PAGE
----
Study Design/Materials and Methods: Portrait PSR3 system generated nitrogen plasma through controlled radio frequency energy. Two treatment centers participated. Subjects underwent initial screening. Patients received 6 treatments at 3 week intervals. Day 1 following treatments, phone assessments was performed. 30 days following the final treatment, a biopsy, final assessments, and photos were taken. One hour prior to treatments, patients applied non-anesthetic moisturizer. 0.5J was applied to the full face with a single pass each treatment. After the procedure, investigators recorded procedural observations. Patients completed questionnaires at each treatment and follow-up.
Results: 17 patients were treated at two sites. All patients were female with an average age of 51 years. Average treatment time was 6 minutes with an average of 298 pulses. No adverse events were reported. One patient experienced flaking day 1 after treatment 2. Physician assessment of wrinkle severity was rated 0 (no wrinkles) to 9 (severely wrinkled). Pre-treatment physician rating was 4.12, and post-treatment 3.94. Patient textural assessment was 0 (very rough/uneven) to 4 (very smooth) with a 30% improvement rating. Patient skin quality assessment was 0 (poor) to 4 (excellent) with a 21% improvement rating. Patient satisfaction was rated 0 (not satisfied) to 4 (total satisfaction) with a post-treatment rating of 2.13 (moderately satisfied to satisfied) with a 38% overall improvement.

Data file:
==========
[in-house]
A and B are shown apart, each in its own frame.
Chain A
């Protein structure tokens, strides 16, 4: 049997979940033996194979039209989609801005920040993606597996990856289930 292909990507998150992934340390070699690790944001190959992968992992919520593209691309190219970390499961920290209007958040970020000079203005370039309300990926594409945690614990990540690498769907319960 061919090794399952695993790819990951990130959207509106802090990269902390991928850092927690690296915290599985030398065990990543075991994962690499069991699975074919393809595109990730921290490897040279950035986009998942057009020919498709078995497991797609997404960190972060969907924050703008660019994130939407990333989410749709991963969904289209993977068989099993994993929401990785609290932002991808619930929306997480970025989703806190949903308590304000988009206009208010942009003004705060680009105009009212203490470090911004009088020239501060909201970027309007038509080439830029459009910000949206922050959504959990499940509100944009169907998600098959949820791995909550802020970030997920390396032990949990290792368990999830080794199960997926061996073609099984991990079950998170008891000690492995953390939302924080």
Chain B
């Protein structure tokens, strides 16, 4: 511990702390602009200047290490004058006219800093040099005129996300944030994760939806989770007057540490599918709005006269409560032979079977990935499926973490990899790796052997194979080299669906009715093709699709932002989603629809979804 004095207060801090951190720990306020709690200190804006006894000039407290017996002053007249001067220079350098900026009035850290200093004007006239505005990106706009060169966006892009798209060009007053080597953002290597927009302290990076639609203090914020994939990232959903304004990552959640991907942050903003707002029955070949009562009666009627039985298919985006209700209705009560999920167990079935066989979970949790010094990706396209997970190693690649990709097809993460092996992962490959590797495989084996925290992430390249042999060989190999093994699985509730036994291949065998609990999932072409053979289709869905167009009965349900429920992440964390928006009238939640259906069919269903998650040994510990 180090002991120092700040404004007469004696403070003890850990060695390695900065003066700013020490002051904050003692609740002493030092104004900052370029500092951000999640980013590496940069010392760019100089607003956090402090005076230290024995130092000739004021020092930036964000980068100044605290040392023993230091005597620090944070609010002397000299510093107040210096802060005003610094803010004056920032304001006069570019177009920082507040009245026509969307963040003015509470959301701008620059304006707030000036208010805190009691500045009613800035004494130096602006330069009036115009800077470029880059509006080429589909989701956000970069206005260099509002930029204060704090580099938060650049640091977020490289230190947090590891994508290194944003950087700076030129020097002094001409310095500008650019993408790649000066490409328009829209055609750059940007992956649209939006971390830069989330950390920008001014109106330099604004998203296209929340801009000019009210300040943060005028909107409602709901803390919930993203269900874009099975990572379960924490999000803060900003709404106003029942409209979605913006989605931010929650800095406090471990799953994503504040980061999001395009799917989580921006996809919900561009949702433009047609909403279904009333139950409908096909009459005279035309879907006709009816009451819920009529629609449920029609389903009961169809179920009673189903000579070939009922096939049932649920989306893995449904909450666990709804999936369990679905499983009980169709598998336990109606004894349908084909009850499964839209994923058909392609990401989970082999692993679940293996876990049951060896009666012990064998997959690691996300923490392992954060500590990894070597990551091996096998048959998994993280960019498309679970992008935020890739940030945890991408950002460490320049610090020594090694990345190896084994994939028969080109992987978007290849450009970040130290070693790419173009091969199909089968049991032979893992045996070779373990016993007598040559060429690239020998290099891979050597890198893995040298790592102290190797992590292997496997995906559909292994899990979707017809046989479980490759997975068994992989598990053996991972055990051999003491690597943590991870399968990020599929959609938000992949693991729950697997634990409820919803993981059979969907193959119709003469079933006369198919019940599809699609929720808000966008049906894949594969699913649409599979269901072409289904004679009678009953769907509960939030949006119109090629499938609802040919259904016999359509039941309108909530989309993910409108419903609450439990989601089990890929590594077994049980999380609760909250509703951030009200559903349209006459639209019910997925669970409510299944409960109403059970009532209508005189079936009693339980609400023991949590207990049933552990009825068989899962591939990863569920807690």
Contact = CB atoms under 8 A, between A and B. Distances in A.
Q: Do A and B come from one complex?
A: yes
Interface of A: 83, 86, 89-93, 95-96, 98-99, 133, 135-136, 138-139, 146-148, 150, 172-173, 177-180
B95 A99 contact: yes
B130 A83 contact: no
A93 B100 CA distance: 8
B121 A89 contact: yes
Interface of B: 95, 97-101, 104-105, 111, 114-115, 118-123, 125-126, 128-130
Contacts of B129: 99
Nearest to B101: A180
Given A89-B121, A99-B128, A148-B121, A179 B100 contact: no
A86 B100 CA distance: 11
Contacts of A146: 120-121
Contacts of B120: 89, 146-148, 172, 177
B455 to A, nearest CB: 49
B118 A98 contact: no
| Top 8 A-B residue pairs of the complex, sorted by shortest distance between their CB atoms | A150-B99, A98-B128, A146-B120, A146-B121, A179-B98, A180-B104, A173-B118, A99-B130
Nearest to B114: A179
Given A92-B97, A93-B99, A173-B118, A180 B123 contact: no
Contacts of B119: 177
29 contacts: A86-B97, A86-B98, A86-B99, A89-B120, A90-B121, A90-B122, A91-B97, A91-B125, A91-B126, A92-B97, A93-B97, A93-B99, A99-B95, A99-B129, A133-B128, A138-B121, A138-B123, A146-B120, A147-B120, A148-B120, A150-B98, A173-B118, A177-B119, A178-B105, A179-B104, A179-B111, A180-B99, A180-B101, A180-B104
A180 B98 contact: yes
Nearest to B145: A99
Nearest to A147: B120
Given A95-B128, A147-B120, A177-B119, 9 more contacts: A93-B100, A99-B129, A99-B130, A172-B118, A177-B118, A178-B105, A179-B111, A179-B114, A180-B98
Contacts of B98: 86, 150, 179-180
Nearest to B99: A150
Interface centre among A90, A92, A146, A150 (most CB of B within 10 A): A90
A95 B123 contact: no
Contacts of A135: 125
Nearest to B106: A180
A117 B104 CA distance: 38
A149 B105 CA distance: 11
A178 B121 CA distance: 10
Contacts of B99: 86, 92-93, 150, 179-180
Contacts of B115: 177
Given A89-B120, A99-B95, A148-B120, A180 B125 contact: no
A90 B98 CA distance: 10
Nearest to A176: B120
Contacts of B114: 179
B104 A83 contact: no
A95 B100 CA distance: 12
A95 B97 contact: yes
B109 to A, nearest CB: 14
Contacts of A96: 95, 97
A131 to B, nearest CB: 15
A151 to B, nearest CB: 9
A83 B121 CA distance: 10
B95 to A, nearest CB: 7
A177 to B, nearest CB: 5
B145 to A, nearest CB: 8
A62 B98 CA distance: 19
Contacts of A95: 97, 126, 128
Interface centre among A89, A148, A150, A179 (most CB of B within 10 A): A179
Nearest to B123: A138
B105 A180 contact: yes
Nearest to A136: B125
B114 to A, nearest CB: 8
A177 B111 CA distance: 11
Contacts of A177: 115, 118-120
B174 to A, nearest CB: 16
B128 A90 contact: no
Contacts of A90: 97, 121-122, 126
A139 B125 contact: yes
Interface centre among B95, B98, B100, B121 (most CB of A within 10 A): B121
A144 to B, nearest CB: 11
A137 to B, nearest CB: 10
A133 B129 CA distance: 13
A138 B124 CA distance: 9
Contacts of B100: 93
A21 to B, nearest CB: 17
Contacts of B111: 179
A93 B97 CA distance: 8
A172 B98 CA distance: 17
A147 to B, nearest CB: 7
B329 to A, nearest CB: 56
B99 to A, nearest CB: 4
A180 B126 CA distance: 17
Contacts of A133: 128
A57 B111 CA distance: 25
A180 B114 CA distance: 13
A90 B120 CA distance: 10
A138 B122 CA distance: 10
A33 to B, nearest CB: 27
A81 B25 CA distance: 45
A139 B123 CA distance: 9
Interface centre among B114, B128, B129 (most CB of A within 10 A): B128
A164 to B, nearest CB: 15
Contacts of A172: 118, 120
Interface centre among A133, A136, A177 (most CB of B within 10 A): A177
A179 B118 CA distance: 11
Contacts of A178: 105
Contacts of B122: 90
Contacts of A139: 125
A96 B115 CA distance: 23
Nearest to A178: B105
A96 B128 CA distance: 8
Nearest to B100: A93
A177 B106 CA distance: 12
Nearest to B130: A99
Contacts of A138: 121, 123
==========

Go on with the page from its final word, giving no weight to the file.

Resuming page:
Conclusion: Very low energy plasma is a safe, quick procedure offering patient satisfaction with modest improvement and no downtime.

Comparison Between Fractionated and Plasmakinetic Skin Resurfacing for Periocular Wrinkles
Weinstein C, Da Silva K, Attalla M, Chen P
Presented at ASLMS, Orlando 2008
Background and Objectives: To compare the efficacy of fractionated skin resurfacing (Fraxel-Reliant Technologies) with Plasmakinetic skin resurfacing (Plasma Portrait PSR-Rhytec) for improvement of periocular wrinkles.
Materials and Methods: Two groups of 16 matched patients received either 1 treatment of Plasma Portrait PSR (Rhytec) or 4 treatments of the Fraxel (Reliant Technologies) for static periocular wrinkles. Plasma Portrait PSR group received 1 treatment at 3.0 J/cm2 2 passes. The Fraxel group received 4 treatment sessions, 4 weeks apart, at 125 MTZ/cm2, 12 m joules, 10 passes, total density of 1250 MTZ/cm2.